Making personal connections by phone and face-to-face remains one of best ways to get hired but considering workforce changes due to COVID-19 and huge growth in social media, online communications are effective tools for professional networking that can lead to a great job.
Online research and networking via social platforms—especially LinkedIn—will get you so far. But then it’s time to be intentional about building awareness and interest in yourself and letting hiring managers know you want to be found.
Here is our quick-fire guide to helping you get spotted:
- Build awareness. Before consumers buy a new product, they want to try it. Before they want to try it, they must have interest. Before they can have interest, they must have awareness. So, the first step in marketing a new product is to build awareness.
Now let’s apply that to job search. Before an employer hires you, they need to interview you. Before they want to interview you, they must be interested in you. Before they can have interest in you, they must be aware of you. So, the first step with each prospective employer is building their awareness of you. You are a brand after all.
- Make multiple impressions. Most candidates think that applying for a position online builds awareness. As an organization that specialized in executive search, we can tell you that there is no assurance that submitting your resume online creates awareness. Your resume could be buried in a stack of 200 or parsed incorrectly into a database, making it irretrievable by title or name search.
Also, the hiring manager may have relaxed the specs since your resume was initially ruled out and the recruiter may not go back through all those resumes to determine those that now fit. The bottom line is that only applying online is an insufficient effort, especially if this is a job you really want.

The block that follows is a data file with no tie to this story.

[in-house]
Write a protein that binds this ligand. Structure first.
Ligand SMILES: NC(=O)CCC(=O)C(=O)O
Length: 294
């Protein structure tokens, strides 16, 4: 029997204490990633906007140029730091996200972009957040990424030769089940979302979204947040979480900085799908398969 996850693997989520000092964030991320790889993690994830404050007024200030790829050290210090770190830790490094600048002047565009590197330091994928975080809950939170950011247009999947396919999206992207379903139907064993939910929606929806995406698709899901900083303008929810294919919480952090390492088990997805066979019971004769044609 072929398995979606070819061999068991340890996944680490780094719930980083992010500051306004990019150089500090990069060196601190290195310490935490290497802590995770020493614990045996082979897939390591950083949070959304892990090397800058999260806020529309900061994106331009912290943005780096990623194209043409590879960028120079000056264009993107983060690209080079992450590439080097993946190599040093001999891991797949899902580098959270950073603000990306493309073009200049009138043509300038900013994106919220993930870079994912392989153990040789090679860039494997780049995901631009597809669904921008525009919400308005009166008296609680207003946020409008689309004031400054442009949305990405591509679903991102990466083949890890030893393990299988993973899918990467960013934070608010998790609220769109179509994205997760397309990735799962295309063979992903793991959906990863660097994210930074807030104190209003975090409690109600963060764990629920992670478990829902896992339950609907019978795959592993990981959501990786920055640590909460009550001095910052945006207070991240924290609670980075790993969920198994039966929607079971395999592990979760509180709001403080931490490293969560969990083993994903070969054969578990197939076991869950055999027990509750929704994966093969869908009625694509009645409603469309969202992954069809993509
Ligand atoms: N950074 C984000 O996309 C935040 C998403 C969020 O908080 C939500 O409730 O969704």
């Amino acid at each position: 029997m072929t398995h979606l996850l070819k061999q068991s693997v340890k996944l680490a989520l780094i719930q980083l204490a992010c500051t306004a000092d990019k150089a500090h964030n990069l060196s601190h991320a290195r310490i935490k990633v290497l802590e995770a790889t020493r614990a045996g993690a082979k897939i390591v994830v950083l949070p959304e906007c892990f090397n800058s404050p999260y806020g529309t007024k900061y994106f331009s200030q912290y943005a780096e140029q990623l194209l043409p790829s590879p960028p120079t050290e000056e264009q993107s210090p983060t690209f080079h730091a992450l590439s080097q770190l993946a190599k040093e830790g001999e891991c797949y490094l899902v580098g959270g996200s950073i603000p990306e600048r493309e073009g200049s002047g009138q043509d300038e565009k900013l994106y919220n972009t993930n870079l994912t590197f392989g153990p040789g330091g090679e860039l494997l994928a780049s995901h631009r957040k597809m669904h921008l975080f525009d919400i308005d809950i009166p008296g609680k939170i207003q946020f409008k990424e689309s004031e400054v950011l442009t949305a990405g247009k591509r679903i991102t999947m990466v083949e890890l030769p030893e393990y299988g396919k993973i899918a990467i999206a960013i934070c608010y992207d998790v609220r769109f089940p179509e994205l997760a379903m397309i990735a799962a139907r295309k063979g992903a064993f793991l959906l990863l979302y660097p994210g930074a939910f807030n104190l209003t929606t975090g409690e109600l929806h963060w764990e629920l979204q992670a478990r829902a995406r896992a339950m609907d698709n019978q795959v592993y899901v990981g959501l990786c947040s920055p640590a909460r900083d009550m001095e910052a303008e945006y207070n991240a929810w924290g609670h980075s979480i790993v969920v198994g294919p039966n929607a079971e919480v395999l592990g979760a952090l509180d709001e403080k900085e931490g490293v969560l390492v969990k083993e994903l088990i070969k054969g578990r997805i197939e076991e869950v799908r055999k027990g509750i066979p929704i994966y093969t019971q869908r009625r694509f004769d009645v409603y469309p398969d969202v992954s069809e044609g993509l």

It takes five to seven impressions before awareness is created, and it’s the fifth, sixth or seventh impression before our brain makes the connection. An impression is an opportunity for awareness. In advertising, each commercial you view, or skippable advert you see online is an impression. And one, two, three or four impressions is not enough.
Let’s apply that to a job search. Applying online is impression one. Calling the next day to make sure your resume was received could be impression two. Calling the next week to say you will be in the neighborhood and would love to put a face to a name could be impression three. Getting to impressions four, five, six and seven can be hard, especially if you don’t know a lot of folks at that company. LinkedIn can save the day by helping you identify folks you know that work there, or used to work there, or a hiring manager you don’t know but you know someone that does
Networking with LinkedIn
Recruiters often look for potential hires by using keyword searches. So, make sure that the keywords associated with the jobs you are seeking appear in your LinkedIn profile. Also, make certain that your email address is in your LinkedIn summary, so folks who aren’t first connections have a way to reach you.
Once your LinkedIn profile is complete, it’s all about your connections. If you don’t have many connections on LinkedIn, you need to work to grow them.
Lastly, recruiters and HR managers often are gatekeepers, protecting the hiring manager’s time. When applying for a position directly (not through a search consultant), you should consider networking into the hiring manager, ideally via someone who is influential or who the hiring manager trusts and respects. To find the hiring manager, search the company on LinkedIn and likely titles for the manager who is hiring for the position you want. If you are one or two connections away, reach out to mutual connections to learn about the company and the hiring manager.
Social networking is one of the best ways to increase your chances of being found by an employer and getting an invitation for that interview that will help you land a great job.